When a new operating system is released, it’s normally met with celebration, a ton of press, and company-sponsored fanfare. Both Apple and Google aren’t shy when a new version of iOS or Android is released. Partners are lined up. New features sell more devices. Essentially, the world takes notice. The same goes for Microsoft when they release a new version of Windows. Microsoft spent an estimated $1.5 billion on Windows 8 marketing. They probably spent at least that on Windows 10. marketing. All this didn’t happen for Google Fuchsia, the new open source Google OS.
When word leaked that Google had dropped code for a new OS on its own code depository as well as GitHub, many people wondered what Google had up its sleeve. Google increased the mystery around the code drop by acknowledging its existence but deciding not to comment on usage or functionality.
Developers have looked at the code in search of clues for what Google might do with it. This week, I want to look at what Google might have in store for the new OS. Of course, this mean I’m speculating, but that’s half the fun.
What is Google Fuchsia?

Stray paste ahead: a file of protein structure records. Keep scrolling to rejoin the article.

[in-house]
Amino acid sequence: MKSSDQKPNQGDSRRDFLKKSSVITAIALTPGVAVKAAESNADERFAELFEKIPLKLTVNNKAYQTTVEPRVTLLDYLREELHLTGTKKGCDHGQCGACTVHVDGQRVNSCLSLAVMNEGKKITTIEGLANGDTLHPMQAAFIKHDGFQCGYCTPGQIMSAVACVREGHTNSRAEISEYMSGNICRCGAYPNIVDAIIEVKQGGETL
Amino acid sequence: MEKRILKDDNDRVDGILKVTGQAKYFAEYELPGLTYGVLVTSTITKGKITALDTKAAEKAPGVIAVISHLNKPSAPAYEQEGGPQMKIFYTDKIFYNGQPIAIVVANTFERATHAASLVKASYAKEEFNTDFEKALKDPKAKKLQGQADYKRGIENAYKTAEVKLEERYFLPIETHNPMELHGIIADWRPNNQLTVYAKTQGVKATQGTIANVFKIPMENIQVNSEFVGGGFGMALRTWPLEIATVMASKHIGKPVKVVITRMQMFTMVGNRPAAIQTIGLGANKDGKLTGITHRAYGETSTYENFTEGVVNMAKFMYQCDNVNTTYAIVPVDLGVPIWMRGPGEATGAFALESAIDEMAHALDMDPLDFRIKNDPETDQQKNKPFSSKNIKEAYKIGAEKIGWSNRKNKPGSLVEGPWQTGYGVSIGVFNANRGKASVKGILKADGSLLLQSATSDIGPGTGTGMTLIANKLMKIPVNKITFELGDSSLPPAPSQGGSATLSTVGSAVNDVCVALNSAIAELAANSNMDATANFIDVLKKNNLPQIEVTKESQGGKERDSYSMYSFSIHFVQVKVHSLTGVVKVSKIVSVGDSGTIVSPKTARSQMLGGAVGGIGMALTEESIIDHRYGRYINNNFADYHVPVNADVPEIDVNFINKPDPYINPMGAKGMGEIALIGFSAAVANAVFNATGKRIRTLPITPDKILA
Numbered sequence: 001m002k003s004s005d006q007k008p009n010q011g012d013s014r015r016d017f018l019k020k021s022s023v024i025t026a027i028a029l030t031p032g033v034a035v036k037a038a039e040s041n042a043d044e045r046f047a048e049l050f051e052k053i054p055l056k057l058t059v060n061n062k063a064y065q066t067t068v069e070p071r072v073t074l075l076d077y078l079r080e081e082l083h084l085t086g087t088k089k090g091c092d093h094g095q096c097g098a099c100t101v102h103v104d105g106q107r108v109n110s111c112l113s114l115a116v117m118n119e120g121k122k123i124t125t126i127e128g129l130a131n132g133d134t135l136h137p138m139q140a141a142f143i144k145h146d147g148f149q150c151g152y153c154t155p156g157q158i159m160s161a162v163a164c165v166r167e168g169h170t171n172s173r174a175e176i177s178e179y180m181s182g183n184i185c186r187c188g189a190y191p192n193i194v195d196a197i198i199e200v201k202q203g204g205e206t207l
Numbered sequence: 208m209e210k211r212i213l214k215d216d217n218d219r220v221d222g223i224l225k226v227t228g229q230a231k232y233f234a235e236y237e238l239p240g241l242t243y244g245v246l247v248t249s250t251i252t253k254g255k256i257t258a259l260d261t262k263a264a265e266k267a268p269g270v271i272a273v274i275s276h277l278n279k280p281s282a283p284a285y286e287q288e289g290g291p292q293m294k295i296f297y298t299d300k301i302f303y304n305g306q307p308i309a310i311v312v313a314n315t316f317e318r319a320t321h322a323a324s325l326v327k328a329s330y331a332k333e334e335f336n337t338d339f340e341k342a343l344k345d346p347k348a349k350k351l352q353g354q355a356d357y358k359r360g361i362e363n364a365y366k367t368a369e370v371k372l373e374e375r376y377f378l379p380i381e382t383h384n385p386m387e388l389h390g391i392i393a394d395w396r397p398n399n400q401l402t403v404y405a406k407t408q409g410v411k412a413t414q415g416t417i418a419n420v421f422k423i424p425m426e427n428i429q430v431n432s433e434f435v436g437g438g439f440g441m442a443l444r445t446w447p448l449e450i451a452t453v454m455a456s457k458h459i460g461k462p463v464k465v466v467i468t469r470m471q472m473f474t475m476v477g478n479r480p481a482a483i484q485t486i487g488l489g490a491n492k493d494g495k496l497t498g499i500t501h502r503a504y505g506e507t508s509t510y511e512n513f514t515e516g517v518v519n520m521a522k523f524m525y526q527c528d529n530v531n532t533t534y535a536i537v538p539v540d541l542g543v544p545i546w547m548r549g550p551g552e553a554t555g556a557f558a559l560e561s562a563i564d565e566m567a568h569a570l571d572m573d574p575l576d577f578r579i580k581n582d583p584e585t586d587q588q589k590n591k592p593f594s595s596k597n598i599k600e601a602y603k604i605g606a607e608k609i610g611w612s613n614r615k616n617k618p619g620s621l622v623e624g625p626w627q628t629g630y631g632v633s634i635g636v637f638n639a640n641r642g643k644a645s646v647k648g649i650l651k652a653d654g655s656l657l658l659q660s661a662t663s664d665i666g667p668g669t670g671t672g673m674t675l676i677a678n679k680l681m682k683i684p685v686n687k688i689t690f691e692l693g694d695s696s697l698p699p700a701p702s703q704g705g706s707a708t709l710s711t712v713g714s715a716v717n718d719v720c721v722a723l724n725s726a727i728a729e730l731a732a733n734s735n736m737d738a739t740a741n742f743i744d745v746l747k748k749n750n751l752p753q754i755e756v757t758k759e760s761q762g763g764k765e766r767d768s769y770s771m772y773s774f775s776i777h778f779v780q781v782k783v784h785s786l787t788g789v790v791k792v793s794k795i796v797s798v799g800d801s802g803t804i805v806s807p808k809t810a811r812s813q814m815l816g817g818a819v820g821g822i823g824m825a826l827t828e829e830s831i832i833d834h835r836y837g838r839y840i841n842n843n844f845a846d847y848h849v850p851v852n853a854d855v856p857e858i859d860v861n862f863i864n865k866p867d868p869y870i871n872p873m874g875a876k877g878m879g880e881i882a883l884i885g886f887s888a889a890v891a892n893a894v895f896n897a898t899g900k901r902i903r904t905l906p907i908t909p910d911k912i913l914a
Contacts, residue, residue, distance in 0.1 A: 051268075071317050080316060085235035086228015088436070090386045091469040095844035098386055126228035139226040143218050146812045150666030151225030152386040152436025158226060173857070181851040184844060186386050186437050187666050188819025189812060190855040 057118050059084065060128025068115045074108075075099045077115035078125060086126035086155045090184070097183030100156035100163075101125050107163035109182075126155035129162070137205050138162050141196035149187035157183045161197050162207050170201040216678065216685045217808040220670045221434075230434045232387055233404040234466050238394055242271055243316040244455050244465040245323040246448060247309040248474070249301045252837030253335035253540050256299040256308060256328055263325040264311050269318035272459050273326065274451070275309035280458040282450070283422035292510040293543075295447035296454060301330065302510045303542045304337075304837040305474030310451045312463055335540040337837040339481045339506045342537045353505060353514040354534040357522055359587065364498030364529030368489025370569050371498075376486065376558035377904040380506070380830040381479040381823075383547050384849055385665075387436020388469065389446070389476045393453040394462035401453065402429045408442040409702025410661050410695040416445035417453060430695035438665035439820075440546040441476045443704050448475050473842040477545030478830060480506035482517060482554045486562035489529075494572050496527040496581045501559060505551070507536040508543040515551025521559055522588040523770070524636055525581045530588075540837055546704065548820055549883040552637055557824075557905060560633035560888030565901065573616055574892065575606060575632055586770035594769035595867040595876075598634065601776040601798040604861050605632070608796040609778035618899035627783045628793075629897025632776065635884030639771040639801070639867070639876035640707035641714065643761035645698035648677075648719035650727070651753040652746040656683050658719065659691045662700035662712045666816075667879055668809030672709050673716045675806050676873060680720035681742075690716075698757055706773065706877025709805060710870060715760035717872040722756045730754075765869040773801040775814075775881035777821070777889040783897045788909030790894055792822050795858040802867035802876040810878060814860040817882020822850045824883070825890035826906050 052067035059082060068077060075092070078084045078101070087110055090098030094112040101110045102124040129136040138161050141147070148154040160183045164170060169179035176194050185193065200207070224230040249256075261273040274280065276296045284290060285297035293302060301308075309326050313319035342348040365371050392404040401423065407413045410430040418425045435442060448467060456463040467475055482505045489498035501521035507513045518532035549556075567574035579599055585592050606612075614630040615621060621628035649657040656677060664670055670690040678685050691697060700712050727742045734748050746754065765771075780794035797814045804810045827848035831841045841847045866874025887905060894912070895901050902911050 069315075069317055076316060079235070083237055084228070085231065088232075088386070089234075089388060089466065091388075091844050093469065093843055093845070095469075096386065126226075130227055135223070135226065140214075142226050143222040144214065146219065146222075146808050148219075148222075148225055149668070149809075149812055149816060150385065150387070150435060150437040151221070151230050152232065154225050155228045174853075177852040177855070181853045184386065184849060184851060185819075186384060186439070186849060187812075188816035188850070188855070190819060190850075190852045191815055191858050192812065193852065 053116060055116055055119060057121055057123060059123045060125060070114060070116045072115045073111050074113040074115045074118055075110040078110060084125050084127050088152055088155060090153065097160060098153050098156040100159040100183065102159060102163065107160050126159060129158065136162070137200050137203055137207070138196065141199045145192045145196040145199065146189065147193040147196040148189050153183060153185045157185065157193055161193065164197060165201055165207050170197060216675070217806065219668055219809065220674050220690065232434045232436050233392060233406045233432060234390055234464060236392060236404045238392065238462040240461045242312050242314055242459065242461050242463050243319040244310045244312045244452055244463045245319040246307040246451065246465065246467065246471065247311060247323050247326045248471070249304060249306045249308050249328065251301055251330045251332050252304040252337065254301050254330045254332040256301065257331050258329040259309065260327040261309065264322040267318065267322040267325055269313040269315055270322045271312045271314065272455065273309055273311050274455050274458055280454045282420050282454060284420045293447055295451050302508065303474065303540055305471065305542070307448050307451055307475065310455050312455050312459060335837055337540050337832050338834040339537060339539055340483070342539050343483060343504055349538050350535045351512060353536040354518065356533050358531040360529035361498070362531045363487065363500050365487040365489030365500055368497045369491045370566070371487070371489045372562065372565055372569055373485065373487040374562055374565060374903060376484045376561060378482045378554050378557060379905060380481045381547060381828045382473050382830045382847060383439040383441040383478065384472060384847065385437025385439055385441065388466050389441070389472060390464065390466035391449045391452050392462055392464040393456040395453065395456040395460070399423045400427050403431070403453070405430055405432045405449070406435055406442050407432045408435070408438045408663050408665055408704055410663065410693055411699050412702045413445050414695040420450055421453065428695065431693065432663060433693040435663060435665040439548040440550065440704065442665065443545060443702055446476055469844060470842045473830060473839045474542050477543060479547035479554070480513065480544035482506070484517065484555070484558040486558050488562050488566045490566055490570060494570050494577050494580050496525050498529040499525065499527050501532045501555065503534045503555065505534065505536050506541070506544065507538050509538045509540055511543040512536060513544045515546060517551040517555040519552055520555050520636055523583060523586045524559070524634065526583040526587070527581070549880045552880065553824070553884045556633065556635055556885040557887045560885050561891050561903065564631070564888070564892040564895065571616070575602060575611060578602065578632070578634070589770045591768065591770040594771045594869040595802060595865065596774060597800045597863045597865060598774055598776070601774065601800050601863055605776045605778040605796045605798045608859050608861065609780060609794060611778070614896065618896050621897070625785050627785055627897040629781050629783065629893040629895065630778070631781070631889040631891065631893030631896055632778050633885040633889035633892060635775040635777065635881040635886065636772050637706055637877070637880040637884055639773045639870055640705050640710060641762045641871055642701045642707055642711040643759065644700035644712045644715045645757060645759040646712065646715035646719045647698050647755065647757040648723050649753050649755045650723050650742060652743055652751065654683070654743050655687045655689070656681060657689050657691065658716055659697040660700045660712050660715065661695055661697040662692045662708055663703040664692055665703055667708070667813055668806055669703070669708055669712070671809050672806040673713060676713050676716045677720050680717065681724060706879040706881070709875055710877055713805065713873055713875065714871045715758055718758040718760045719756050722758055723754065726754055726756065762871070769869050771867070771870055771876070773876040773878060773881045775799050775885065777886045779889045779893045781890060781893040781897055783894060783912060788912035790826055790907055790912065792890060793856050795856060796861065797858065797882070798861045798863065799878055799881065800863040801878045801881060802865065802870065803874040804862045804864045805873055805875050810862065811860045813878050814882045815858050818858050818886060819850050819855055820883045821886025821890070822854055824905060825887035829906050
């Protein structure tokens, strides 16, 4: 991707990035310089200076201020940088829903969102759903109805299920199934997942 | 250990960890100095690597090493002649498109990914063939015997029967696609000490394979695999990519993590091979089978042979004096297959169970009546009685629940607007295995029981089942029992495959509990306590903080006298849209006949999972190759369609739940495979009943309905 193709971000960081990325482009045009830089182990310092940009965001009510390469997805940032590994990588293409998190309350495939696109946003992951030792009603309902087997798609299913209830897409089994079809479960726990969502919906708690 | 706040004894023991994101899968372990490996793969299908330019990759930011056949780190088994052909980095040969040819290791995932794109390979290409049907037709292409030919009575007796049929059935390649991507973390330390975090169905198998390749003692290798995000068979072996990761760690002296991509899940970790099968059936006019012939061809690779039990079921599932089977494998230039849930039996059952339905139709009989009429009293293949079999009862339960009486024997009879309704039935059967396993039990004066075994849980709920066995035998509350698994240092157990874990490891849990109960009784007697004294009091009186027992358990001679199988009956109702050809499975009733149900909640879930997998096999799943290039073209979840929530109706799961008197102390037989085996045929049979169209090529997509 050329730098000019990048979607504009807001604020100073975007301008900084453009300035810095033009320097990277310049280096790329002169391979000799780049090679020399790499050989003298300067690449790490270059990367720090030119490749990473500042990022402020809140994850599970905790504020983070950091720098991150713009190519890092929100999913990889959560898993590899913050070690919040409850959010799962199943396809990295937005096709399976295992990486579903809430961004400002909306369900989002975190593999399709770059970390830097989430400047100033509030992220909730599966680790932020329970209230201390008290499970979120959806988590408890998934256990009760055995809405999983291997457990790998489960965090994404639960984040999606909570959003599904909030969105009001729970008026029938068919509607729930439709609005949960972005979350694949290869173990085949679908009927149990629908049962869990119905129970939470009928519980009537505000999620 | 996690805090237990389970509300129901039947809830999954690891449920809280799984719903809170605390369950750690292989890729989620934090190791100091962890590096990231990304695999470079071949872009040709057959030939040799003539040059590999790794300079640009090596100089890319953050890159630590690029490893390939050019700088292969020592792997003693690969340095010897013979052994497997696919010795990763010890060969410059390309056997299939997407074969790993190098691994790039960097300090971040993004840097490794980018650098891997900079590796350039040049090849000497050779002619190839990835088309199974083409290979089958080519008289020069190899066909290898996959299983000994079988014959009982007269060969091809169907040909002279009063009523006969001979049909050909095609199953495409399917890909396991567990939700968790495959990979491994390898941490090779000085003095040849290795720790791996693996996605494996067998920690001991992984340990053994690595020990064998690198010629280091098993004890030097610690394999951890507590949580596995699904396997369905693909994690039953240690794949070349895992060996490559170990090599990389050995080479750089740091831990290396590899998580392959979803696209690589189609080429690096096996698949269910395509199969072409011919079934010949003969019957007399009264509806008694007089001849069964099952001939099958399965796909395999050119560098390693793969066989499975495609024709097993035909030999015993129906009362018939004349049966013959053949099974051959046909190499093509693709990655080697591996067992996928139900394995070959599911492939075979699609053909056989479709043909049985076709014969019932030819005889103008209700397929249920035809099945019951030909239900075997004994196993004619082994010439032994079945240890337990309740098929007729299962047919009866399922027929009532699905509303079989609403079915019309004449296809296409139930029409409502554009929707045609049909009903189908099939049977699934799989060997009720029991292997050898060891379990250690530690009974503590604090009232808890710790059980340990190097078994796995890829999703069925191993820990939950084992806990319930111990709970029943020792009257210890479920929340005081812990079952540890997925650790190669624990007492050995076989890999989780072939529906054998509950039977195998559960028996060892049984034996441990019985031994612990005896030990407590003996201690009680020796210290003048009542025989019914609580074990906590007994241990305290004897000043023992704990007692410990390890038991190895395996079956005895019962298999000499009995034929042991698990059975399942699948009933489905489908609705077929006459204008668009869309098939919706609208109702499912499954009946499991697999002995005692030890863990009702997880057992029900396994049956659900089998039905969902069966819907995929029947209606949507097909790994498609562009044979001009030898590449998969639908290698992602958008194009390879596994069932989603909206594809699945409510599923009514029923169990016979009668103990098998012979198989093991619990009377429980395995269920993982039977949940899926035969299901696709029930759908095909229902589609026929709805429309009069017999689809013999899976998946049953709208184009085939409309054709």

“Pink + Purple = Fuchsia (a new Operating System)” is the only real description we have from Google. They placed this at the top of their GitHub page for the project. Taking a closer look at the code, we know that it looks to be a fresh start. That means it’s not based on the Linux kernel, like Android and Chrome OS.
Google Fuchsia was built on Magenta, a medium-sized micro-kernel that is itself based on a project called LittleKernel. LittleKernel was designed for embedded systems, much like you’d find on a smart thermostat or smartwatch. Both the developers listed on the GitHub page are experts in embedded systems. One of them worked on Android TV and the Nexus Q projects.
While we don’t know a lot of specifics of Google Fuchsia, we do know Magenta is powerful enough to work on more than just IoT devices. Google’s documentation claims the software targets “modern phones and modern personal computers”, but even this doesn’t tell us a lot. We know when Google refers to phones they mean the latest Android devices such as the Google Nexus or the insanely popular Samsung Galaxy line of phones.
So is Google planning to phase out Chrome OS and replace it with Fuchsia? Nobody knows for certain. Today Chrome OS runs on Chromebooks, which have gained traction in education over the past several years. Google markets them to students as laptop replacements that run everything from the cloud. Whether or not Google plans to replace Chrome OS with another OS is anyone’s guess. It’s difficult to see what doing so gains them.
Fuchsia Runs on Anything
Android is, by far and away, the most popular OS on the planet, running over 50% of all computing devices. Google churns out a new version of Android each year. This powers phones that range from basic “feature phones” to the most advanced such as the Samsung Galaxy Note. This in addition to running on tablets, variants of Android run on TVs, in cars, game consoles, cameras and even watches.